• TruthBearer

        You seem to have a skewed opinion on Muslims…
        Your comments simply do not help both the Israelis and Palestinians achieve a peaceful resolve!
        The term used for Israelis is Zionists. Not all Jews are Zionists just as not all Zionists are Jews. Maybe that will help paint a picture for you?
        As for Muslims, not all Muslims are Islamists just like, not all Islamists are Muslim…

        Want to know why? Because Muslims have laws to uphold given to them/the same ones as provided in the bible in fact, which are the very basis or building blocks of being religious. If you break these commandments and in the name of God you are using Gods name in vain and distort the worlds views on that faith. The very atrocious acts by any group which falls out of line with its teachings have walked away from God and simply have turned instead to Satan/Shatan.
        Peace to you!

  • Vern Trotter

    These Protestant leaders are from the pointy headed liberal denominations who have since become a minority in US Protestants, losing members like rats leaving a ship. Israel’s friends among US Christians are now conservative denominations and the Roman Catholics.

  • Eric Swensson

    BTW, I would have posted this in social media but the headline is terrible. These liberals are not “hypocrites” they are activists who are seriously in error on account of their ideology.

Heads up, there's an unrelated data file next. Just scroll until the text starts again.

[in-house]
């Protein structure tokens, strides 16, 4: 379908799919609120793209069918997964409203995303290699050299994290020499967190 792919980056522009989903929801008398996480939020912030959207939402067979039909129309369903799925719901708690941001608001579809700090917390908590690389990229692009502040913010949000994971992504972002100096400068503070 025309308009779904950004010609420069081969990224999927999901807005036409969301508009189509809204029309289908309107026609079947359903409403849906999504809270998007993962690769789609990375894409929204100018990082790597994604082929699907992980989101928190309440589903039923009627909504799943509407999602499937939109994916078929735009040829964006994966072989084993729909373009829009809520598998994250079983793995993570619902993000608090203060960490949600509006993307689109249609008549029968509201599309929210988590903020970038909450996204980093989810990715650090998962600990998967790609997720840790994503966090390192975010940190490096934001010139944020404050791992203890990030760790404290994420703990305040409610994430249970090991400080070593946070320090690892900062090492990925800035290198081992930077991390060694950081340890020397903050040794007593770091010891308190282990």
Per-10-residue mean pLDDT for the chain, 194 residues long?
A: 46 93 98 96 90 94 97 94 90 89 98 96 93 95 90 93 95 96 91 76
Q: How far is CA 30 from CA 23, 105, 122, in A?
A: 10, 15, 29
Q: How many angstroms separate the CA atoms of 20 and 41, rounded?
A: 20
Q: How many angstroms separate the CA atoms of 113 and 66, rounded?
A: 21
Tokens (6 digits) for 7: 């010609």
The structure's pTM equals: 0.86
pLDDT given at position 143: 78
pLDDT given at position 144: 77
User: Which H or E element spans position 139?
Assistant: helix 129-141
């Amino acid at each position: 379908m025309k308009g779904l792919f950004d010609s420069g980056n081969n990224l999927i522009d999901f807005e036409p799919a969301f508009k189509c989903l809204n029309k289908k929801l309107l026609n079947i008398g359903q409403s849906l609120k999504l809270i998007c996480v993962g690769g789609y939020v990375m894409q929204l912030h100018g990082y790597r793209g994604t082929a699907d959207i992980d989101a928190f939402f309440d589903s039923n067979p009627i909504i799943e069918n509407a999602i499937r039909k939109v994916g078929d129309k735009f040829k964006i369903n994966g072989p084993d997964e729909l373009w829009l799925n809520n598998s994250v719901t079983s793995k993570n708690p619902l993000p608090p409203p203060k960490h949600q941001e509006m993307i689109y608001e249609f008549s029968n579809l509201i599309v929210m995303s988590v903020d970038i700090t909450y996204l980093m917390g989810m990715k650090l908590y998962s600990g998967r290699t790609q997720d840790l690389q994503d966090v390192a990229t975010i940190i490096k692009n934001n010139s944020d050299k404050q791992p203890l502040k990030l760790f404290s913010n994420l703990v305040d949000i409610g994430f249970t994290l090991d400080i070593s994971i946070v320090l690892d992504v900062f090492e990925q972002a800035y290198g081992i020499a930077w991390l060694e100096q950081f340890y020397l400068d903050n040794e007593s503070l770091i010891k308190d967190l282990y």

• Eric Swensson

    Know that there is a schism in the so-called “Protestant Church” (there really is no such thing, it is a generic term that means whatever people want it to mean, much like the word “evangelical”).

    Know that the liberal part has activists who take the side of the Palestinians. The conservatives take the side of Israel.

  • cityca

    In Bethlehem, the population of Christians has diminished, from 85% in 1987, to 9% in 2012. Christians in Bethlehem believe there will be none at all within 5-7 years. The same is true right across the Middle East, except Israel.

    Church leaders right across the world should be ashamed of the way they demonise the only country where Christians can live and practise their religion in complete security, while these same church leaders bend over backwards to befriend states that make clear their intention of removing Christians and churches.